There are no frills on Zoé Zoe's Church EP. There are no leftfield curveballs, ambitious bendings of genre, or avant-garde experimentations—and that's certainly not to the record's detriment. Rather than attempting to create a daring new sound or spearhead a micro-movement, the elusive Lithuanian producer born Mantas Stonkus has achieved a more modest (but no less demanding) accomplishment: he has crafted an expertly tailored bundle of deep-house tunes on what appears to be his first official release as Zoé Zoe. Read more »
Milan-based producer Aquadrop's Synthetic Landscapes From Future EP dropped just last week via Seclusiasis. The artist born Aron Airaghi's penchant for grime, jazz, and funk all shine through on on his new record, and yet Synthetic Landscapes From Future pushes somewhere past the realm of singular genres, sounding more in line with the likes of Rustie, a solid example of which is the synth-driven "Eagle Nebula". Aquadrop's tune is a club-ready, electro-tinged production with interludes of extremely uptempo synths and bouncy basslines supported by the banging of the kicks. Hoover samples, 8-bit sound effects, and handclaps are dropped randomly through it all, leaving just about zero negative space in the tightly packed soundscape.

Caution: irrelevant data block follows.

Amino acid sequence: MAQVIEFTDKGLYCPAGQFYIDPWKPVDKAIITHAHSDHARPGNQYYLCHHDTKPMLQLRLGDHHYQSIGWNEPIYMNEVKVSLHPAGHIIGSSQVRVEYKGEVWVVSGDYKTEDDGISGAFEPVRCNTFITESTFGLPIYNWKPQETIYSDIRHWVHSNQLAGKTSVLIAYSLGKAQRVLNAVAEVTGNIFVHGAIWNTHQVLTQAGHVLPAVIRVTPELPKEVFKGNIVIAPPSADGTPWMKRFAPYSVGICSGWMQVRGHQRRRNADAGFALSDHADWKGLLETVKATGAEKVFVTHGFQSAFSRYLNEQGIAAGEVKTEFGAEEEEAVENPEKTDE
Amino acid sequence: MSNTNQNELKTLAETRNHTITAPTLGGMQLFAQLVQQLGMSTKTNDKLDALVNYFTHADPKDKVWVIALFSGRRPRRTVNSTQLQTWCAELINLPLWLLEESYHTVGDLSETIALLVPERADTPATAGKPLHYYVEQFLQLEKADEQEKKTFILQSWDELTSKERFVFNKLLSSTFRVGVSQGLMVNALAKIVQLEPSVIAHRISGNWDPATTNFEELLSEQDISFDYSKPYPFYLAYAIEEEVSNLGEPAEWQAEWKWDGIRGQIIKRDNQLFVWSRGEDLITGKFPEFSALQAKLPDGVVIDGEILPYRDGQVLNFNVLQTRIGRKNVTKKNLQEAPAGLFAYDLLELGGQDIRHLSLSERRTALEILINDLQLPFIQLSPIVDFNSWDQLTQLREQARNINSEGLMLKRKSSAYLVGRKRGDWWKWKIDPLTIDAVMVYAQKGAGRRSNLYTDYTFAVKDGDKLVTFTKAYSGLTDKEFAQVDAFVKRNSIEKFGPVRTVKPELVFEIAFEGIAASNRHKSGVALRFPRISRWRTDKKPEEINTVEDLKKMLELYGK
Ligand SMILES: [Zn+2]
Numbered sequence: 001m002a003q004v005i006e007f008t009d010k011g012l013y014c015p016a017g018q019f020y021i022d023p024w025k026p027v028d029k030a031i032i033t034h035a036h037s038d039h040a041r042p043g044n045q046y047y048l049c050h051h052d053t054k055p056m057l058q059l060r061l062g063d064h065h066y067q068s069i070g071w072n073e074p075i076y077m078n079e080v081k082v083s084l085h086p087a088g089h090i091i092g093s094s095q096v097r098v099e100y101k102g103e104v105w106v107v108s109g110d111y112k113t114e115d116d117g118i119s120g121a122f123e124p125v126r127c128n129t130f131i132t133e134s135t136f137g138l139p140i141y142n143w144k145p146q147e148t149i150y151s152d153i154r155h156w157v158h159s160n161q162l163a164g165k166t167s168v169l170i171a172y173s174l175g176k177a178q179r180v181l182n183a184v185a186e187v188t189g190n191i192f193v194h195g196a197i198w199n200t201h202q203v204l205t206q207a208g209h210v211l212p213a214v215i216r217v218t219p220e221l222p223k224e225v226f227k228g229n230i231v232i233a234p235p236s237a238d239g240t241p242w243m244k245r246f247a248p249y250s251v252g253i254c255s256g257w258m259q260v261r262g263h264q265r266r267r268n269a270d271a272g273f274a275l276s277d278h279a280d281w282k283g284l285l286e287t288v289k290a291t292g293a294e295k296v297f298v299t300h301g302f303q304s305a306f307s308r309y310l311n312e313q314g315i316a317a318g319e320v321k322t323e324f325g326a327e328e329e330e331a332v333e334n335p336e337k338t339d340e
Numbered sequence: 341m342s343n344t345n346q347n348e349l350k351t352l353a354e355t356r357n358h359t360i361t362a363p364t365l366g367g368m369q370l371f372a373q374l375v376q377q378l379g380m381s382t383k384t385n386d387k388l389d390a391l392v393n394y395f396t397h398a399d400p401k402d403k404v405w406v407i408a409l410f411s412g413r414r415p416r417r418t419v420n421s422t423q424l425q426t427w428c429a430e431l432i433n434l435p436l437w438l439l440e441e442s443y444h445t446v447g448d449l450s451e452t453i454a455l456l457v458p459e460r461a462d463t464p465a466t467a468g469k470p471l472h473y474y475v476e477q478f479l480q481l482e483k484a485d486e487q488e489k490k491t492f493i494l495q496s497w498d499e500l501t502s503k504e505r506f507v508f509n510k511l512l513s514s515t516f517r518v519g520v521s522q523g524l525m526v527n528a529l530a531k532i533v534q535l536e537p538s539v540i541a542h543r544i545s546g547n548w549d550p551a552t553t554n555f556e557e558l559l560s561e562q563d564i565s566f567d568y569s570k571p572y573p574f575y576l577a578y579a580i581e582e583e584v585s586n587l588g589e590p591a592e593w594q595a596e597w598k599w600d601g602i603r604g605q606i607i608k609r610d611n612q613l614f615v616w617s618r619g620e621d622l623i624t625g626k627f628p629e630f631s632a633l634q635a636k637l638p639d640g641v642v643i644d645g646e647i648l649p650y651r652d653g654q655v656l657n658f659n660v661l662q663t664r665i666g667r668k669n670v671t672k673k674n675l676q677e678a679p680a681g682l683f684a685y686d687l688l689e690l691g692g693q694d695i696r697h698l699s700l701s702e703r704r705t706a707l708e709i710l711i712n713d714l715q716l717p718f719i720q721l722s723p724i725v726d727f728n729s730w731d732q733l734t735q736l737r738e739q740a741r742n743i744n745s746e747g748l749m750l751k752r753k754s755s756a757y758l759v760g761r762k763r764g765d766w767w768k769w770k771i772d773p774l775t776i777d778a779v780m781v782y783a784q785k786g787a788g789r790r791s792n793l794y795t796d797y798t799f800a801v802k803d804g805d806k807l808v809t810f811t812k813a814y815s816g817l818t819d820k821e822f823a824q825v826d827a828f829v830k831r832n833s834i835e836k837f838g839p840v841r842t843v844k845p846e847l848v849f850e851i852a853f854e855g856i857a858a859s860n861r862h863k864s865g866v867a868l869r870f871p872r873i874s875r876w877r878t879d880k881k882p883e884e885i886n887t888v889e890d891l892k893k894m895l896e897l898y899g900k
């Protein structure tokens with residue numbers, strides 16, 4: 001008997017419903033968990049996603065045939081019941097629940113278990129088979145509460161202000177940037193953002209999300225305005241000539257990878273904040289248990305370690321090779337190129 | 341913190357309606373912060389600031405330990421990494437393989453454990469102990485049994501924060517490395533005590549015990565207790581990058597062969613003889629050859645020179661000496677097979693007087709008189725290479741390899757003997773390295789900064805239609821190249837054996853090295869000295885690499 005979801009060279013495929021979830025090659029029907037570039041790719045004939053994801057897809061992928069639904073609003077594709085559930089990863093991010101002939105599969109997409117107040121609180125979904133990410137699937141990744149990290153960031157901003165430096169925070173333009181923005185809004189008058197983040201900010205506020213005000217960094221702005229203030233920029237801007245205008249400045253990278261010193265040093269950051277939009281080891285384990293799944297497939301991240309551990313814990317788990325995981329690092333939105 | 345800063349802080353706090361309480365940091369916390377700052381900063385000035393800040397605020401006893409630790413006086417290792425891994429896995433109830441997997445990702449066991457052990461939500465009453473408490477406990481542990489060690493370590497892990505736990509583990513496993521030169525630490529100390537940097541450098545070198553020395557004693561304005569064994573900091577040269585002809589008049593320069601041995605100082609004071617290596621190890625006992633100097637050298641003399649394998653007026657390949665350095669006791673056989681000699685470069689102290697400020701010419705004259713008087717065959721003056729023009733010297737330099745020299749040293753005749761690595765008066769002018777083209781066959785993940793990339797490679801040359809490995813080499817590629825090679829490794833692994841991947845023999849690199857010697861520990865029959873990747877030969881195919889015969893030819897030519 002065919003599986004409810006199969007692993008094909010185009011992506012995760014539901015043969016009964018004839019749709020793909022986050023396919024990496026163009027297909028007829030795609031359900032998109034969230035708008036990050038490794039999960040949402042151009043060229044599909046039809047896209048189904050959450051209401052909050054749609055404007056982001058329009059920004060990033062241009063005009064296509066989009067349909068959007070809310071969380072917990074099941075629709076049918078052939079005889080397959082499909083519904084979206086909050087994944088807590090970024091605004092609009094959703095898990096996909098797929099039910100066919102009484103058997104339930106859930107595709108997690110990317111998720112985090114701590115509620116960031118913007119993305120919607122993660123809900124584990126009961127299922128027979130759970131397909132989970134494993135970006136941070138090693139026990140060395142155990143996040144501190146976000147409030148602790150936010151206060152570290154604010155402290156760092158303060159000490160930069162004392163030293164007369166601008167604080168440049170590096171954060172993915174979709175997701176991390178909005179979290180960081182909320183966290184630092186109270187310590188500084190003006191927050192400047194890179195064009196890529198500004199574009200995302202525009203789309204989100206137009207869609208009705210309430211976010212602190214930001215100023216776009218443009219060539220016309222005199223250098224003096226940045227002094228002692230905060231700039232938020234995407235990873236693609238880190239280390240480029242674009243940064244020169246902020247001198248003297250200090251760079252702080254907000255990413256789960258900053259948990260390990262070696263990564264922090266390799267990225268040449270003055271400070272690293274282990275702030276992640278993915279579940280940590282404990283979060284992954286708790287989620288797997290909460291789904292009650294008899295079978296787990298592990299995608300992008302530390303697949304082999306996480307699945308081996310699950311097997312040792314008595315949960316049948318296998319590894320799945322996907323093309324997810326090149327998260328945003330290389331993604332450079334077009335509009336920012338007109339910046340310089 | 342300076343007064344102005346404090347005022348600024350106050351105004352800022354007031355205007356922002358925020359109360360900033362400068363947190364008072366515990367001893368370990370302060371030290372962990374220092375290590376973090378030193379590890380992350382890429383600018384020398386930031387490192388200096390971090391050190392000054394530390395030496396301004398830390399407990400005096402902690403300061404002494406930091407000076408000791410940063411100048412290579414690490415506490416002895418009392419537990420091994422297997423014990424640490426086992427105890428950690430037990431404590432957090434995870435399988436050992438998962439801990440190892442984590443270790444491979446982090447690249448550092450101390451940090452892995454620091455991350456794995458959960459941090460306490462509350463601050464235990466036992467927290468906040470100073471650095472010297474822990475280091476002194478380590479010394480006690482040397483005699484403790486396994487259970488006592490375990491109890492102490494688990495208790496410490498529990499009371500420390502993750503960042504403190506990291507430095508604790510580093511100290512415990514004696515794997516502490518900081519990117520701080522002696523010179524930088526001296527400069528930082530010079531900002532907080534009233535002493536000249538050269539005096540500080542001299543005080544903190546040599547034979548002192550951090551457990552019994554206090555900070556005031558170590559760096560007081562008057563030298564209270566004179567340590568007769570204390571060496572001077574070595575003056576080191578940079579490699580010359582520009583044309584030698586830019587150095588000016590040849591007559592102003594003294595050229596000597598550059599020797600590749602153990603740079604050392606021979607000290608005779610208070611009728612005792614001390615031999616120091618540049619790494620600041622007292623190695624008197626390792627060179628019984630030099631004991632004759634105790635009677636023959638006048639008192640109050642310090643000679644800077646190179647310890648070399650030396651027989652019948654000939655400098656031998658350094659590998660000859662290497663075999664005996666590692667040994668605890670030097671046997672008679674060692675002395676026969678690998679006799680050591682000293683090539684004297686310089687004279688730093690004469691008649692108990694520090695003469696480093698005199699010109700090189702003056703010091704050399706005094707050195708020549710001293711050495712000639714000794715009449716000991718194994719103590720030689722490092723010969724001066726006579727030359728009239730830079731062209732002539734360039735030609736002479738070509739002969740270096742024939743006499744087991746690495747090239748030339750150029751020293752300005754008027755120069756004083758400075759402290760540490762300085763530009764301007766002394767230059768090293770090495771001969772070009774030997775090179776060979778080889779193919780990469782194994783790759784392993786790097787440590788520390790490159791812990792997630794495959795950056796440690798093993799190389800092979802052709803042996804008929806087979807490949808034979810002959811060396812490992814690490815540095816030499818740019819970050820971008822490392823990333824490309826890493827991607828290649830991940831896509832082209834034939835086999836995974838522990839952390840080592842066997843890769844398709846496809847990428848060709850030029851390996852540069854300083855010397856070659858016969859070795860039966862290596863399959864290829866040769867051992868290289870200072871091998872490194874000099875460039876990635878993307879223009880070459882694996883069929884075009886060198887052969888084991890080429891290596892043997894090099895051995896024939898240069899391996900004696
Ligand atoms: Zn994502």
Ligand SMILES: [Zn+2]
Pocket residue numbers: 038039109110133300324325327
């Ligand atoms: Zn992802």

Throughout the week, a whole lot of material gets posted here on XLR8R. And while we know—and love—that some hardcore readers will eagerly pour over every single news story, interview, podcast, video, and MP3 download that appears on the site, we also realize that for most people, it's impossible to see everything, which means that some quality XLR8R content is likely to get missed in the hustle and bustle of everyone's daily lives. In the interest of making it easier for everyone to catch up, we've created The Lowdown, a weekly wrap-up of the best tidbits from our site. Read more »
London's Pusherman has been all over the place; earlier this year, he released two EPs, Shake It Off and Still Feel, via LNUK and Dench respectively. July 30 marked the release of his third offering, this time for Audio Doughnuts, aptly entitled Donuts. While the "Donuts" single has been floating around for quite some time now (its video, which you can watch here, has been out since last year), it only received an official release this past Monday. However, Audio Doughnuts has padded the single with new material, including a remix of "Donuts" by Diamond Bass, a b-side titled "The People," and a reworking of that same track by Naive Machine. Although Naive Machine's members hail from the UK, the outfit's collective mindset on this remix is rooted in Chicago's footwork traditions; Pusherman's original shuffling, syncopated beat is cast aside and replaced with frenetically repeating samples and skittering juke-inspired rhythms.